amen

[ey-men, ah-men]
interjection
1.
it is so; so be it (used after a prayer, creed, or other formal statement to express solemn ratification or agreement).
adverb
2.
verily; truly.
noun
3.
an utterance of the interjection “amen.”
4.
a musical setting for such an utterance.
5.
an expression of concurrence or assent: The committee gave its amen to the proposal.

Origin:
before 1000; Middle English, Old English < Late Latin < Greek < Hebrew āmēn certainty, certainly

Dictionary.com Unabridged

Amen

[ah-muhn]
noun Egyptian Mythology.
a primeval deity worshiped especially at Thebes, the personification of air or breath represented as either a ram or a goose (later identified with Amen-Ra).
Also, Amon.
Dictionary.com Unabridged
Based on the Random House Dictionary, © Random House, Inc. 2014.
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Collins
World English Dictionary
amen (ˌeɪˈmɛn, ˌɑːˈmɛn)
 
interj
1.  so be it!: a term used at the end of a prayer or religious statement
 
n
2.  the use of the word amen, as at the end of a prayer
3.  say amen to to express strong approval of or support for (an assertion, hope, etc)
 
[C13: via Late Latin via Greek from Hebrew āmēn certainly]

Amen, Amon or Amūn (ˈɑːmən)
 
n
Egyptian myth a local Theban god, having a ram's head and symbolizing life and fertility, identified by the Egyptians with the national deity Amen-Ra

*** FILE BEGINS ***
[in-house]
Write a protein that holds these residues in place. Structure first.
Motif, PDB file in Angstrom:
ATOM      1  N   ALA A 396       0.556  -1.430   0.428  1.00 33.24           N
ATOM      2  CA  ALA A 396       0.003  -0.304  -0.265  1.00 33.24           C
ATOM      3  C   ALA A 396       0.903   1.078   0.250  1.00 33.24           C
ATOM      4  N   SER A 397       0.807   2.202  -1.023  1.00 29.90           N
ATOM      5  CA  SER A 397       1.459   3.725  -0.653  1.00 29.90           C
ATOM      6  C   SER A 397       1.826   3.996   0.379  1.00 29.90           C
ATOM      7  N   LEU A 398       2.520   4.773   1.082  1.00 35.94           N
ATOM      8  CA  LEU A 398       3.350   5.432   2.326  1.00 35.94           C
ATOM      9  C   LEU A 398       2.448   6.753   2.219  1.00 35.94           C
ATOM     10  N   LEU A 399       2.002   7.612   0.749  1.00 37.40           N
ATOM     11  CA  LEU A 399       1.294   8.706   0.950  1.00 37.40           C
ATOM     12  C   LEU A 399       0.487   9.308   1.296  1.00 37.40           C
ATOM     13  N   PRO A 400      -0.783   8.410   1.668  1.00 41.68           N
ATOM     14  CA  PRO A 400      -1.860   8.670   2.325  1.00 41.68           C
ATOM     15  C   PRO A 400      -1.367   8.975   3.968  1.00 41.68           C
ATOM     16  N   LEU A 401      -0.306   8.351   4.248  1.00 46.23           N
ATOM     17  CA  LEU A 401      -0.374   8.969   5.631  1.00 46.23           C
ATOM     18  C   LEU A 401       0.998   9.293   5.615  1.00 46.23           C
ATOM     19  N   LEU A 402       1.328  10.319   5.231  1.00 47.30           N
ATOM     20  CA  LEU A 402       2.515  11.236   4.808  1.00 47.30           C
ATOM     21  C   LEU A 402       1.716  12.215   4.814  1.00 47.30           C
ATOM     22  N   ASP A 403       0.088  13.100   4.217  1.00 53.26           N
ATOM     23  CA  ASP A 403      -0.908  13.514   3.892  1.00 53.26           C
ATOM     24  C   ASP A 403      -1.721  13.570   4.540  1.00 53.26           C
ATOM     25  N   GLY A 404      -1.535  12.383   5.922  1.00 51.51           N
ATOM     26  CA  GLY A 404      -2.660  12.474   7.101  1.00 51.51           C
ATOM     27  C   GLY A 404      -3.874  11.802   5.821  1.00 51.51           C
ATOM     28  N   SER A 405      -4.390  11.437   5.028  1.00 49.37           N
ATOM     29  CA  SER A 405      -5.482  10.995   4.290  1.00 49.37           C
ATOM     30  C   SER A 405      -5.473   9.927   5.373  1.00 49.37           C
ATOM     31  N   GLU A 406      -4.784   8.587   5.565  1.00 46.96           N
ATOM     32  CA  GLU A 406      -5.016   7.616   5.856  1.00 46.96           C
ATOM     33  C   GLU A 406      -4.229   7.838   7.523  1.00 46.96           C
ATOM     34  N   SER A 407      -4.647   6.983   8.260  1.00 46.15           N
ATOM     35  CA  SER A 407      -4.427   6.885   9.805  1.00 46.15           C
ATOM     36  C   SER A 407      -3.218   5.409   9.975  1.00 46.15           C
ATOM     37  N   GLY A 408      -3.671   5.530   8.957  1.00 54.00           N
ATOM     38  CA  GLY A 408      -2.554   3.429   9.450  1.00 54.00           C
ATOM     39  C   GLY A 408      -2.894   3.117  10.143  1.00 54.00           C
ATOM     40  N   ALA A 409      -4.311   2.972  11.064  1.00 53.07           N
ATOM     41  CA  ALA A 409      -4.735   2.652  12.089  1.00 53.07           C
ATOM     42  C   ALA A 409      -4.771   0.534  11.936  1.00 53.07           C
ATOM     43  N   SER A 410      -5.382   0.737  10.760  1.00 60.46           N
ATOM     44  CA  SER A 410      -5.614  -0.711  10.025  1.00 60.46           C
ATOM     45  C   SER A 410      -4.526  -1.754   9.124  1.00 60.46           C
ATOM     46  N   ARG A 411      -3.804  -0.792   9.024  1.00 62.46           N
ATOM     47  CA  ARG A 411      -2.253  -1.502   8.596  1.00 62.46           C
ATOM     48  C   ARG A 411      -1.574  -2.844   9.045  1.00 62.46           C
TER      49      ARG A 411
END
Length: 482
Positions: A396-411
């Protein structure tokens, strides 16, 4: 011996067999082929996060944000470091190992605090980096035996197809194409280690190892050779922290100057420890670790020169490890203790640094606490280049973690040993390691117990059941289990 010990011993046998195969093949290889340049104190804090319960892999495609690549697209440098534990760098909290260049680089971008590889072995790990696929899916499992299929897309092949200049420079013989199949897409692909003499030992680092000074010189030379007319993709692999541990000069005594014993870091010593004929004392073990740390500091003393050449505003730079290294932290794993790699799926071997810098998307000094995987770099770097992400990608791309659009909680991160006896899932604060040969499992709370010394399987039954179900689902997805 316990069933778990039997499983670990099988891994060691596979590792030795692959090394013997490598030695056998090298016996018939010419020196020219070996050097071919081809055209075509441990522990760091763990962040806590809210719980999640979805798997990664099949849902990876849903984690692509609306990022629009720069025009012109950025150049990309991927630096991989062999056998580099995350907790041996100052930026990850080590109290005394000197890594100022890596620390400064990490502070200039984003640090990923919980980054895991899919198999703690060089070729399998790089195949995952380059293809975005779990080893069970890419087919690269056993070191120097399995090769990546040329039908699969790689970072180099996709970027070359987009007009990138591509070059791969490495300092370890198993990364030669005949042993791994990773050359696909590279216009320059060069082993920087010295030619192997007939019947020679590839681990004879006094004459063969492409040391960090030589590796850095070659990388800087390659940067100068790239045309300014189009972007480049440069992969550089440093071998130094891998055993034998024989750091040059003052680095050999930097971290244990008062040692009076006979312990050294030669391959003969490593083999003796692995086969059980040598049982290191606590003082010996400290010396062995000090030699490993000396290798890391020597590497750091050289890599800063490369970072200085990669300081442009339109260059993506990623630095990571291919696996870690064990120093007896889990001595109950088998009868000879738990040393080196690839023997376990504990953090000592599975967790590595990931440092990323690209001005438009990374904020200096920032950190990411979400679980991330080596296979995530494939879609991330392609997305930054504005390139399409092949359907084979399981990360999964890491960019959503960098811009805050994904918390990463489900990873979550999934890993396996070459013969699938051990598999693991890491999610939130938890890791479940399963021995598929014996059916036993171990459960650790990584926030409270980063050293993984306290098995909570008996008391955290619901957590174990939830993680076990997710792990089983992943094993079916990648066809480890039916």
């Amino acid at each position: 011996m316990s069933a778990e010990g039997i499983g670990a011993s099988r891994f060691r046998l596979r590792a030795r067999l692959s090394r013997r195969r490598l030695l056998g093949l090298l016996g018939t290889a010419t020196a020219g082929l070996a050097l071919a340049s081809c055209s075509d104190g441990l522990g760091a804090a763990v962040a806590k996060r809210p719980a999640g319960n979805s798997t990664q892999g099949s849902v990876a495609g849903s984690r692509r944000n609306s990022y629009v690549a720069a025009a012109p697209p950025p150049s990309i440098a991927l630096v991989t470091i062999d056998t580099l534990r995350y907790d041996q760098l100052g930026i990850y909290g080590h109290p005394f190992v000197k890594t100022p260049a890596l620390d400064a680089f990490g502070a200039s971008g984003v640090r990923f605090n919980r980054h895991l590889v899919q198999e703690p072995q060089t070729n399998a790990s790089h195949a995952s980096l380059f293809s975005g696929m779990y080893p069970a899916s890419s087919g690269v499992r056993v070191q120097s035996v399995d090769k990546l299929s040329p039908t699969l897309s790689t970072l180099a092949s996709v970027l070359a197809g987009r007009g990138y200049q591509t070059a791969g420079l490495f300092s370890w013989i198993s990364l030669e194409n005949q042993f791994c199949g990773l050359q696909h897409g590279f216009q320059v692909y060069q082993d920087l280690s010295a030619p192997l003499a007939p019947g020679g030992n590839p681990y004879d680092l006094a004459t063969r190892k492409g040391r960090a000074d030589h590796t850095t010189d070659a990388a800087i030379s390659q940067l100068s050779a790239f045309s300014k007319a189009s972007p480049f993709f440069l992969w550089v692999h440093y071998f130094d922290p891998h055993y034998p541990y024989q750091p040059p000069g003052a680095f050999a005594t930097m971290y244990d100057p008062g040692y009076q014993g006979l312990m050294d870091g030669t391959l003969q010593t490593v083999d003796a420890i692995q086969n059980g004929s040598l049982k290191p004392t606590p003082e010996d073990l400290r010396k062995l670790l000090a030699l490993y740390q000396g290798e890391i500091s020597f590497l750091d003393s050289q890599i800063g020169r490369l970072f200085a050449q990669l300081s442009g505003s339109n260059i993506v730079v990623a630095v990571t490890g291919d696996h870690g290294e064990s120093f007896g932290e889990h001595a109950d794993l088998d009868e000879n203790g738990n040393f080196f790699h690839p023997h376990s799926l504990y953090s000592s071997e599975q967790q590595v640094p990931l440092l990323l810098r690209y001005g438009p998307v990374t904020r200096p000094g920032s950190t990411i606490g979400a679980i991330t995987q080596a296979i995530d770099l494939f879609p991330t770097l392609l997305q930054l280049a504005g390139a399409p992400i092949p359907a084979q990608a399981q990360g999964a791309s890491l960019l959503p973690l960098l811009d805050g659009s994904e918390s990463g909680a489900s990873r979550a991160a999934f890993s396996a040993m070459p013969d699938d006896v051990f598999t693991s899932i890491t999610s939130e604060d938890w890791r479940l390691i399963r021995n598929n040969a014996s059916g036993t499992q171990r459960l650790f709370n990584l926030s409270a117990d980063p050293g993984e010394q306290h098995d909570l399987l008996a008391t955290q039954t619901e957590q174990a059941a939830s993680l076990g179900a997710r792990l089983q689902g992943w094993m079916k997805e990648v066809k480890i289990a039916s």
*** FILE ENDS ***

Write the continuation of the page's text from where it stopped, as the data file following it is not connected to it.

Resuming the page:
Amon, Amon or Amūn
 
n
 
Amūn, Amon or Amūn
 
n

Collins English Dictionary - Complete & Unabridged 10th Edition
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Etymonline
Word Origin & History

amen
O.E., from L.L. amen, from Gk. amen, from Heb., "truth," used adverbially as an expression of agreement (e.g. Deut. xxvii.26, I Kings i.36; cf. Mod.Eng. verily, surely, absolutely in the same sense), from Sem. root a-m-n "to be trustworthy, confirm, support." Used in O.E. only at the end of Gospels,
otherwise translated as Soðlic! or Swa hit ys, or Sy! As an expression of concurrence after prayers, it is recorded from early 13c.
Online Etymology Dictionary, © 2010 Douglas Harper
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Easton
Bible Dictionary

Amen definition


This Hebrew word means firm, and hence also faithful (Rev. 3:14). In Isa. 65:16, the Authorized Version has "the God of truth," which in Hebrew is "the God of Amen." It is frequently used by our Saviour to give emphasis to his words, where it is translated "verily." Sometimes, only, however, in John's Gospel, it is repeated, "Verily, verily." It is used as an epithet of the Lord Jesus Christ (Rev. 3:14). It is found singly and sometimes doubly at the end of prayers (Ps. 41:13; 72:19; 89:52), to confirm the words and invoke the fulfilment of them. It is used in token of being bound by an oath (Num. 5:22; Deut. 27:15-26; Neh. 5:13; 8:6; 1 Chr. 16:36). In the primitive churches it was common for the general audience to say "Amen" at the close of the prayer (1 Cor. 14:16). The promises of God are Amen; i.e., they are all true and sure (2 Cor. 1:20).

Easton's 1897 Bible Dictionary
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Example sentences
Amen brother, come on back, things are beautiful and getting better every day.
Amen to the comment about polarizing the question of choosing winners.
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